The Laws of Nature

Tuesday, December 15, 2009


Communication is the second principle in Ian Roberts' book, Creative Authenticity: 16 Principles to Clarify and Deepen Your Artistic Vision. Fundamental to the principle in this chapter is the notion that, today, the artist expresses an idea or feeling when creating a work of art. This notion has been discussed many times on this blog. But, what interests me most in this chapter is Roberts' ideas about the differing schools of thought that govern an artist's form of communication.

The first school of thought is since the artist is communicating a response to something, he or she should make that response intelligible. It should be adjusted if necessary to the audience. This approach is exemplified by Renaissance artists who worked within the patronage system, and other commissioned artwork since that time.

The second school of thought holds that the artist should not alter anything for the market. This idea renders sacred the ideas and feelings of the artist and, in my opinion, has merit even though it often forces artists to get a second job to support themselves or succumb to the "starving artist syndrome." But, Roberts wonders, does this school of thought also produce artists who air too much dirty laundry? Who reveal too much that is personal and has no social relevance? He states that deeply felt, authentic work does connect to something universal and hence touches a lot of people. He urges artists to keep deeply personal stuff private and not air it in public. So, where's the dividing line for Roberts between what should and should not be expressed publicly in a work of art? The unacceptable is ego driven, agitated and afraid. The acceptable is like a revelation.

I have many conflicting thoughts about this viewpoint. First, I believe in our individuality - that which makes us unique, not just in body chemistry, but also in the particular set of life experiences that make us different from one another. On the other hand, because we're all human beings living on the same planet with roughly the same needs (nourishment, shelter, companionship) and roughly the same general experiences (birth, growth, work, eat, sleep, interact, illness, death) we have everything in common! I can't imagine what idea or feeling I could paint that wouldn't connect with many, many people. (I'm referring to the message in my painting rather than the way I paint, which might not have universal appeal). Therefore, it seems that Roberts' restriction for all artists is based upon personal taste, which doesn't jive with how I think. I value freedom of expression and I don't like arbitrary censorship!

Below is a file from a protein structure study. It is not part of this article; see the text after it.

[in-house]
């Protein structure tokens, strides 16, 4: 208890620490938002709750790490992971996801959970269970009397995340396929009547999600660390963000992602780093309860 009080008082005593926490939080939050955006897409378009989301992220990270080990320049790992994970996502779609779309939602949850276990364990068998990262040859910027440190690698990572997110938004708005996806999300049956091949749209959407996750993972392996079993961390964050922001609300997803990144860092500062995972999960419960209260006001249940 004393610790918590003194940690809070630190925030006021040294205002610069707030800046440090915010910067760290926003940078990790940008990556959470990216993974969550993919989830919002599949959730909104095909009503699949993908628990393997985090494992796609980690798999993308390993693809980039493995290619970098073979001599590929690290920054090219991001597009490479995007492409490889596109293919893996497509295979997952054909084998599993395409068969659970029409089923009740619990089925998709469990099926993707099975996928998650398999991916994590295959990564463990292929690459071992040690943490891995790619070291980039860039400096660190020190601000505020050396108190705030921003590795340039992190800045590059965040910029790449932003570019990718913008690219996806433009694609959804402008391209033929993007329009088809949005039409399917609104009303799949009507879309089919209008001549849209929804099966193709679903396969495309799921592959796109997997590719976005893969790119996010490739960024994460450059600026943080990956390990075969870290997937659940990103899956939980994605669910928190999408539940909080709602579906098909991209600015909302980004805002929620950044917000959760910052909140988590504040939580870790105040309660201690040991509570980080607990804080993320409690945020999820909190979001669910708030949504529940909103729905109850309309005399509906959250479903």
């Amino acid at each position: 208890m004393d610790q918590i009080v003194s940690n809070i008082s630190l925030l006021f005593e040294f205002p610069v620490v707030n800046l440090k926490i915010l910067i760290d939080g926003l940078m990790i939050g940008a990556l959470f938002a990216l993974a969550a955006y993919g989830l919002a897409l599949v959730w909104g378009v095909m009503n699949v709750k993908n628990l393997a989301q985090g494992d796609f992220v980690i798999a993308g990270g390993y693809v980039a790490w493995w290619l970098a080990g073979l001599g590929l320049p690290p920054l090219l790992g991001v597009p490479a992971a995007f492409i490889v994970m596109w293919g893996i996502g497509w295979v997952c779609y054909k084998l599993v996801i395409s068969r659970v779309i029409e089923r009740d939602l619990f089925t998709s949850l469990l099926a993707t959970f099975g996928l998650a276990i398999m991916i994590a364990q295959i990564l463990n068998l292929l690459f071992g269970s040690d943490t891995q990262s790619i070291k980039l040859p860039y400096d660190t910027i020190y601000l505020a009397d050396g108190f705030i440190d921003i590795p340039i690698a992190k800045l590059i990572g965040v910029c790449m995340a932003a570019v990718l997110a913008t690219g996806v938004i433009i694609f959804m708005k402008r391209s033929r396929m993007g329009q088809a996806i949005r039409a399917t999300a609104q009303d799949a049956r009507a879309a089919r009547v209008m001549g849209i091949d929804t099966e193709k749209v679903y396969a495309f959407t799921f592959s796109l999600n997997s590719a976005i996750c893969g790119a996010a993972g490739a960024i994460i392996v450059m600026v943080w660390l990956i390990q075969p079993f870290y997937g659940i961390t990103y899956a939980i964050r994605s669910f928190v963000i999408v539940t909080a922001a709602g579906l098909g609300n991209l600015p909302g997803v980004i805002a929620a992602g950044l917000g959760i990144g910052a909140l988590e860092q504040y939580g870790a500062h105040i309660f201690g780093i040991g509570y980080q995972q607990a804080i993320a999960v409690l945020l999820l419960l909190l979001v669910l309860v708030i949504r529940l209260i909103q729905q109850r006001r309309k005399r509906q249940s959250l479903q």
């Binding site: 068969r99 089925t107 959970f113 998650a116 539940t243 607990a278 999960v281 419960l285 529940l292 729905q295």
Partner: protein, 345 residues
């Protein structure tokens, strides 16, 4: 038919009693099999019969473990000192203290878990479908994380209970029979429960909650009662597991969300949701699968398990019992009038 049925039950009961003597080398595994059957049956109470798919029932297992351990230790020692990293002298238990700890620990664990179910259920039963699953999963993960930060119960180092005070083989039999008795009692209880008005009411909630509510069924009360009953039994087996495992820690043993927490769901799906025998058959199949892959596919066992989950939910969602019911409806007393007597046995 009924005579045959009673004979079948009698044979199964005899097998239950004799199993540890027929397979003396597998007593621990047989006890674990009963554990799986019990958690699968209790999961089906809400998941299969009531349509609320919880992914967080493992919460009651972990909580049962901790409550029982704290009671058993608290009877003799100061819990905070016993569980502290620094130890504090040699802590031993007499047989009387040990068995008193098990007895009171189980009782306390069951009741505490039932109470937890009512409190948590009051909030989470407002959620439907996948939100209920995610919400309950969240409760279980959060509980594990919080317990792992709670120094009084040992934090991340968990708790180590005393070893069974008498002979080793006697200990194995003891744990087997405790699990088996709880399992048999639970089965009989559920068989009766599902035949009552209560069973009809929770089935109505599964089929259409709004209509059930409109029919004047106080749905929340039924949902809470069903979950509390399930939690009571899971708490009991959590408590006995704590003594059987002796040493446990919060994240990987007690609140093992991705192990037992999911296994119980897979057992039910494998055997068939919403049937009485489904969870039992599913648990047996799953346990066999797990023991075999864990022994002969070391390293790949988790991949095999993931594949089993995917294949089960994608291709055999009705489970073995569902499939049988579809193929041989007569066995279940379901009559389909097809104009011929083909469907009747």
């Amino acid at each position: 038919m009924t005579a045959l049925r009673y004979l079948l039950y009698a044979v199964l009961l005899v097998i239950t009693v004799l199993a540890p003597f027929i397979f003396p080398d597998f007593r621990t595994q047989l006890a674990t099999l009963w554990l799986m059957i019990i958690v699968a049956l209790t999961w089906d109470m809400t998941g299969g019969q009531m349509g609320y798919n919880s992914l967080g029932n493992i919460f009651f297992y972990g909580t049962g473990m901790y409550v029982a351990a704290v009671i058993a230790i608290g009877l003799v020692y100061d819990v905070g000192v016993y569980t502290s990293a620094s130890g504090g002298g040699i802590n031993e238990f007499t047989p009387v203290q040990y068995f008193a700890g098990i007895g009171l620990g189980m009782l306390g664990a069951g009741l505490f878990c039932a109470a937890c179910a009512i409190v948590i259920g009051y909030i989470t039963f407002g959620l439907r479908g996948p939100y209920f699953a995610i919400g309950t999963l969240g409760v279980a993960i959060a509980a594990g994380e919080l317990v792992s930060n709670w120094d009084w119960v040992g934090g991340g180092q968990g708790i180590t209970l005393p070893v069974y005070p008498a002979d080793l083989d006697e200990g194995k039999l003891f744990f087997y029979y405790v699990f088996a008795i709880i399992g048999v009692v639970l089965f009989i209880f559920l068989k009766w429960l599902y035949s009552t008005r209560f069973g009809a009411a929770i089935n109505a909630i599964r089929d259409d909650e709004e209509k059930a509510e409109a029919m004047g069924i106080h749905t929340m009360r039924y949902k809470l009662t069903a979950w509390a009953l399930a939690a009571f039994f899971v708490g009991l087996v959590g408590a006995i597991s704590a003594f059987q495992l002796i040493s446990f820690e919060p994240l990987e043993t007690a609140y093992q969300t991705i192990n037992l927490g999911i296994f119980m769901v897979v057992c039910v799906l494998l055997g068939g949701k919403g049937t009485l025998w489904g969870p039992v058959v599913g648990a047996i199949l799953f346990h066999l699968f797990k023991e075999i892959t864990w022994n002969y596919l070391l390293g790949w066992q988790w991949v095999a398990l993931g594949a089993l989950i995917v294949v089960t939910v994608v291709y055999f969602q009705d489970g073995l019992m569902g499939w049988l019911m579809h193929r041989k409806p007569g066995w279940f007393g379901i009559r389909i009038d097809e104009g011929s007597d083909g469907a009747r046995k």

Returning to the two schools of thought for a moment, I've been thinking about how I've communicated through my work in 2009. It's been a tough year for all of us economically, and I'm no exception. In addition to my normal expenses, I had to put a new roof on a house and pay for some major repairs on a car. My personal income is solely through art. I just barely managed to make ends meet but I had to engage in both schools of thought. Two poets separately commissioned me to illustrate a number of poems for their books. That would fit into the first school of thought that Roberts outlines. The rest of my activities would fit into the second school of thought: I had a record year in painting sales and also earned money from winning awards in national and international juried competitions. Additionally, I've had a great time teaching painting and giving painting demos (I don't think that falls into one of Roberts' categories). So, the bottom line for this artist is to engage in both schools of thought in order to survive financially.

What are your thoughts?


-Don said...

I like it when people tell me what I should not do. That usually gives me a strong sense of direction. My communication at this point could be described as rebellious.

What is so personal that it does not have some type of social relevance? Ego driven? Isn't anything we create - or even the fact we create - based in part on our ego? Agitated? Some of the best works out there came from agitated souls - Look at Charles Grosz, Marc Chagall, Vincent Van Gogh, Jacques-Louis David, Honore Daumier and Francisco Goya, to name a few. Afraid? Check out Franz Marc's "Fate of the Animals" or Albrecht Durer's Melencolia I. Deeply personal is an important reason I even create. It helps me "get it out" and if others respond to it, all the better.

Oops, I got carried away at bit.

Kathy, I'm so happy that your art has sustained you both emotionally and monetarily during this trying year. You have set an example that I personally find encouraging and challenging. Thank you for continuing to push your boundaries while encouraging others to do so as well. I am indebted to you for this.


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Unknown said...